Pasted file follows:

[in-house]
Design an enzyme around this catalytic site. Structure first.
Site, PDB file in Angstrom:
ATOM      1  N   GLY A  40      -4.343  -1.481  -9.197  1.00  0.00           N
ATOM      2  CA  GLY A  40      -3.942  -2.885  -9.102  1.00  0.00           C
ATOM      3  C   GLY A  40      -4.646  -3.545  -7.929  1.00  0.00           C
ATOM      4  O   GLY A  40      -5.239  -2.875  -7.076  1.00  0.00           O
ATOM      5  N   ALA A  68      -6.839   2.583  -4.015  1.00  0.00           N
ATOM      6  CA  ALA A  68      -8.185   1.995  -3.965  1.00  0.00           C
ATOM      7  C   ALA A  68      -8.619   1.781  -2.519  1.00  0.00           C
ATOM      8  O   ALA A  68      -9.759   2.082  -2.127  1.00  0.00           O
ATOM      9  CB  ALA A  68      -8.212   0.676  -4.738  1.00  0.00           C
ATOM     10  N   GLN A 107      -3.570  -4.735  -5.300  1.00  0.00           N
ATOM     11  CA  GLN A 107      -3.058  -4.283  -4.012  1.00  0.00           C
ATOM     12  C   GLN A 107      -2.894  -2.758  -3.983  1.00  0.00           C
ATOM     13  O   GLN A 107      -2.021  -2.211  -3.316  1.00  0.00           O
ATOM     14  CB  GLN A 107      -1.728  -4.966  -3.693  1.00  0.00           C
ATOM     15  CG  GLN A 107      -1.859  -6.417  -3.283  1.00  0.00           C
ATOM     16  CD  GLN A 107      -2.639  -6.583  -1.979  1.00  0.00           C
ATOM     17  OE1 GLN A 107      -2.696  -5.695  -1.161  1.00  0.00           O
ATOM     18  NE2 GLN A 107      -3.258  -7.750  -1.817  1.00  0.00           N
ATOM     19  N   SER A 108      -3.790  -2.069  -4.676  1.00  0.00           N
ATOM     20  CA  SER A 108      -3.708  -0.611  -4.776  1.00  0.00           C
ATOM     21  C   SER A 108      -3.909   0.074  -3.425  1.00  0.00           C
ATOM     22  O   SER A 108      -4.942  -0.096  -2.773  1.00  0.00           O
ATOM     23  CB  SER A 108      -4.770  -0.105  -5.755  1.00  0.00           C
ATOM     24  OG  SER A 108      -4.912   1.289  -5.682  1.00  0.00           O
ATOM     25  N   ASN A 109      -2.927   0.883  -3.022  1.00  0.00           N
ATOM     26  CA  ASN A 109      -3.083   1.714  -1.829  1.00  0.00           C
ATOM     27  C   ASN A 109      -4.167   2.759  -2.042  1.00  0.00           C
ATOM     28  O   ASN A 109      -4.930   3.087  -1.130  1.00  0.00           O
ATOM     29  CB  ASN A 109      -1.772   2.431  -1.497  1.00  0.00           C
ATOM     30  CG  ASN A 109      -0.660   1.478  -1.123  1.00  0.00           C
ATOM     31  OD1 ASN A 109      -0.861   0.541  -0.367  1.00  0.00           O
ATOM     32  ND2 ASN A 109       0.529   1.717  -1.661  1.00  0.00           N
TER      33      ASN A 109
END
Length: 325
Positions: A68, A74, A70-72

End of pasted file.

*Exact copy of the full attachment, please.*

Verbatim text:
[in-house]
Design an enzyme around this catalytic site. Structure first.
Site, PDB file in Angstrom:
ATOM      1  N   GLY A  40      -4.343  -1.481  -9.197  1.00  0.00           N
ATOM      2  CA  GLY A  40      -3.942  -2.885  -9.102  1.00  0.00           C
ATOM      3  C   GLY A  40      -4.646  -3.545  -7.929  1.00  0.00           C
ATOM      4  O   GLY A  40      -5.239  -2.875  -7.076  1.00  0.00           O
ATOM      5  N   ALA A  68      -6.839   2.583  -4.015  1.00  0.00           N
ATOM      6  CA  ALA A  68      -8.185   1.995  -3.965  1.00  0.00           C
ATOM      7  C   ALA A  68      -8.619   1.781  -2.519  1.00  0.00           C
ATOM      8  O   ALA A  68      -9.759   2.082  -2.127  1.00  0.00           O
ATOM      9  CB  ALA A  68      -8.212   0.676  -4.738  1.00  0.00           C
ATOM     10  N   GLN A 107      -3.570  -4.735  -5.300  1.00  0.00           N
ATOM     11  CA  GLN A 107      -3.058  -4.283  -4.012  1.00  0.00           C
ATOM     12  C   GLN A 107      -2.894  -2.758  -3.983  1.00  0.00           C
ATOM     13  O   GLN A 107      -2.021  -2.211  -3.316  1.00  0.00           O
ATOM     14  CB  GLN A 107      -1.728  -4.966  -3.693  1.00  0.00           C
ATOM     15  CG  GLN A 107      -1.859  -6.417  -3.283  1.00  0.00           C
ATOM     16  CD  GLN A 107      -2.639  -6.583  -1.979  1.00  0.00           C
ATOM     17  OE1 GLN A 107      -2.696  -5.695  -1.161  1.00  0.00           O
ATOM     18  NE2 GLN A 107      -3.258  -7.750  -1.817  1.00  0.00           N
ATOM     19  N   SER A 108      -3.790  -2.069  -4.676  1.00  0.00           N
ATOM     20  CA  SER A 108      -3.708  -0.611  -4.776  1.00  0.00           C
ATOM     21  C   SER A 108      -3.909   0.074  -3.425  1.00  0.00           C
ATOM     22  O   SER A 108      -4.942  -0.096  -2.773  1.00  0.00           O
ATOM     23  CB  SER A 108      -4.770  -0.105  -5.755  1.00  0.00           C
ATOM     24  OG  SER A 108      -4.912   1.289  -5.682  1.00  0.00           O
ATOM     25  N   ASN A 109      -2.927   0.883  -3.022  1.00  0.00           N
ATOM     26  CA  ASN A 109      -3.083   1.714  -1.829  1.00  0.00           C
ATOM     27  C   ASN A 109      -4.167   2.759  -2.042  1.00  0.00           C
ATOM     28  O   ASN A 109      -4.930   3.087  -1.130  1.00  0.00           O
ATOM     29  CB  ASN A 109      -1.772   2.431  -1.497  1.00  0.00           C
ATOM     30  CG  ASN A 109      -0.660   1.478  -1.123  1.00  0.00           C
ATOM     31  OD1 ASN A 109      -0.861   0.541  -0.367  1.00  0.00           O
ATOM     32  ND2 ASN A 109       0.529   1.717  -1.661  1.00  0.00           N
TER      33      ASN A 109
END
Length: 325
Positions: A68, A74, A70-72